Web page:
Acknowledgements: We are grateful to Dr Mike Lombardo and Dr Richard Bethlehem for their input regarding network analysis. We are also grateful to our participants and those who distributed our survey, without whom this research would not be possible.

Funder: Queen Anne's Gate Foundation

Funder: Corbin Charitable Trust

Funder: Templeton World Charity Foundation; doi:

Funder: NIHR Applied Research Collaboration East of England

Funder: SFARI


Autism, Chronic illness, Ehlers-Danlos syndrome, Gastrointestinal condition, Neurological condition, Physical health, Rheumatological condition, Humans, Adolescent, Adult, Female, Male, Autistic Disorder, Cross-Sectional Studies, Body Mass Index, Educational Status, Exercise

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Mol Autism

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Wellcome Trust (102199/Z/13/Z)
Wellcome Trust (214322/Z/18/Z)
National Institute for Health and Care Research (IS-BRC-1215-20014)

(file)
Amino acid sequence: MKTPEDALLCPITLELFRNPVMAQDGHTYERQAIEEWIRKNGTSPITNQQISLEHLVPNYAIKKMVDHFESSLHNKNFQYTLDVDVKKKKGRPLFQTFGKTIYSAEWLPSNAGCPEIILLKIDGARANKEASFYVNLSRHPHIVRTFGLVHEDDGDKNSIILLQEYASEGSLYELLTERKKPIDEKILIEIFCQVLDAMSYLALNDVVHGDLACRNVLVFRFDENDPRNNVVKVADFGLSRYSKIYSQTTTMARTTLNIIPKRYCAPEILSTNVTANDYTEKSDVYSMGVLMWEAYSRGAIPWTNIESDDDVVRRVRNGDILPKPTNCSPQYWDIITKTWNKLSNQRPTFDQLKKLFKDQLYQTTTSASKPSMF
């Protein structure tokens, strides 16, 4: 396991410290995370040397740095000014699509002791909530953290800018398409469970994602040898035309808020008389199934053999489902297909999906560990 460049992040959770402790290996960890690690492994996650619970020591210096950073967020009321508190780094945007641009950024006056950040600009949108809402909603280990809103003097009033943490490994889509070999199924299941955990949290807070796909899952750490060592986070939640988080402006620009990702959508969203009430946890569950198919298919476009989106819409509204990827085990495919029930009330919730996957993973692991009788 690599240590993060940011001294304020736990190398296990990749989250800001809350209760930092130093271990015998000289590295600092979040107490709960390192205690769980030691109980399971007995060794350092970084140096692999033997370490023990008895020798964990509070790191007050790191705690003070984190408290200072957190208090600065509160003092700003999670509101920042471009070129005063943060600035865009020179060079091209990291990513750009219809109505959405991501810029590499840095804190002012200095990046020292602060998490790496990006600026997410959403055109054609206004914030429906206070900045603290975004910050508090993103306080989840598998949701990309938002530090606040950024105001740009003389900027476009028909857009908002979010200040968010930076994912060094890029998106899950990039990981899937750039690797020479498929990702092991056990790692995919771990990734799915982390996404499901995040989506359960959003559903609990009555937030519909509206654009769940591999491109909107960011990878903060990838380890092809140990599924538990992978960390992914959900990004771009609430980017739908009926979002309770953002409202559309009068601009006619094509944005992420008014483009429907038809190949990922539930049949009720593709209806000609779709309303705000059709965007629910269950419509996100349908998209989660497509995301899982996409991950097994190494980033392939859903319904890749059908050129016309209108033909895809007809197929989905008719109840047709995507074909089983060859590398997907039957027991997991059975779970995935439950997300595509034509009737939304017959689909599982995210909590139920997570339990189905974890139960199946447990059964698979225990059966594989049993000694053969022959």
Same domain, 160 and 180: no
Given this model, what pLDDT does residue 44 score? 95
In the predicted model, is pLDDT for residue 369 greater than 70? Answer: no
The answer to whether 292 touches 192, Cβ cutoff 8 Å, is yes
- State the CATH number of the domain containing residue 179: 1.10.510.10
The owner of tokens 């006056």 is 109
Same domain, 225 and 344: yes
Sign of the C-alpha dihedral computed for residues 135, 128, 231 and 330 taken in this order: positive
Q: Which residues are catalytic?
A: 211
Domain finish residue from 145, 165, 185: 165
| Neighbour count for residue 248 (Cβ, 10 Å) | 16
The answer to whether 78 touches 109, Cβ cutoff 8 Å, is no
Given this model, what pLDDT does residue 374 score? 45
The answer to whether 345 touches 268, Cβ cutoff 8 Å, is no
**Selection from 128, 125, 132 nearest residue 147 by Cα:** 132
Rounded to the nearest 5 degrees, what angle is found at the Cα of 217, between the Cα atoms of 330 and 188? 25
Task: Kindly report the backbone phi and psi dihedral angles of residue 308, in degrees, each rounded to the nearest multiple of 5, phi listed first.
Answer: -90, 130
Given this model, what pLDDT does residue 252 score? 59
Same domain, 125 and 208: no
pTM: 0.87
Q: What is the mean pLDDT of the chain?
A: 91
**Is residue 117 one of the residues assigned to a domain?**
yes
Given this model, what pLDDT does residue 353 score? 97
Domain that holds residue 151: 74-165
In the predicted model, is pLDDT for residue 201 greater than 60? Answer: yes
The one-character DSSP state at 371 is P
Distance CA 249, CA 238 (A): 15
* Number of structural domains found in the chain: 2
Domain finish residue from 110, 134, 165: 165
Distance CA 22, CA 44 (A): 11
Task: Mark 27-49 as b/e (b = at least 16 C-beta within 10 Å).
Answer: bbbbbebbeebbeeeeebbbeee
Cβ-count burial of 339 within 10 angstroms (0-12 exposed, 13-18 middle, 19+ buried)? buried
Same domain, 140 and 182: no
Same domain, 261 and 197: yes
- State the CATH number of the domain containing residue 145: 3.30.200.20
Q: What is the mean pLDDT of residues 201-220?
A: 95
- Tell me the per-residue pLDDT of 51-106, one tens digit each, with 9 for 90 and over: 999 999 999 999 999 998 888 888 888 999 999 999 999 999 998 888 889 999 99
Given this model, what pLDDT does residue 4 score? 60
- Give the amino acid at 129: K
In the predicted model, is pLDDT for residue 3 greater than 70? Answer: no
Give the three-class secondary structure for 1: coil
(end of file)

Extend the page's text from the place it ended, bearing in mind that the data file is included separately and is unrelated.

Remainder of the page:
Funding for this project was generously provided by the Autism Research Trust (Grant No.: RG72423), the Rosetrees Trust (Grant No.: G102199), and Cambridgeshire and Peterborough NHS Foundation Trust (Grant No.: G102307). EW also received funding from the Queen Anne’s Gate Foundation, the Autism Centre of Excellence at Cambridge (ACE), the Cambridge and Peterborough NHS Foundation Trust, and the Corbin Charitable Trust. SBC received funding from the Wellcome Trust 214322\Z\18\Z. For the purpose of Open Access, the author has applied a CC BY public copyright licence to any Author Accepted Manuscript version arising from this submission. The results leading to this publication have received funding from the Innovative Medicines Initiative 2 Joint Undertaking under grant agreement No 777394 for the project AIMS-2-TRIALS. This Joint Undertaking receives support from the European Union's Horizon 2020 research and innovation programme and EFPIA and AUTISM SPEAKS, Autistica, SFARI. The funders had no role in the design of the study; in the collection, analyses, or interpretation of data; in the writing of the manuscript, or in the decision to publish the results. SBC also received funding from the Autism Centre of Excellence, SFARI, the Templeton World Charitable Fund and the MRC.All research at the Department of Psychiatry in the University of Cambridge is supported by the NIHR Cambridge Biomedical Research Centre (BRC-1215-20014) and NIHR Applied Research Collaboration East of England. Any views expressed are those of the author(s) and not necessarily those of the funders, IHU-JU2, the NIHR or the Department of Health and Social Care.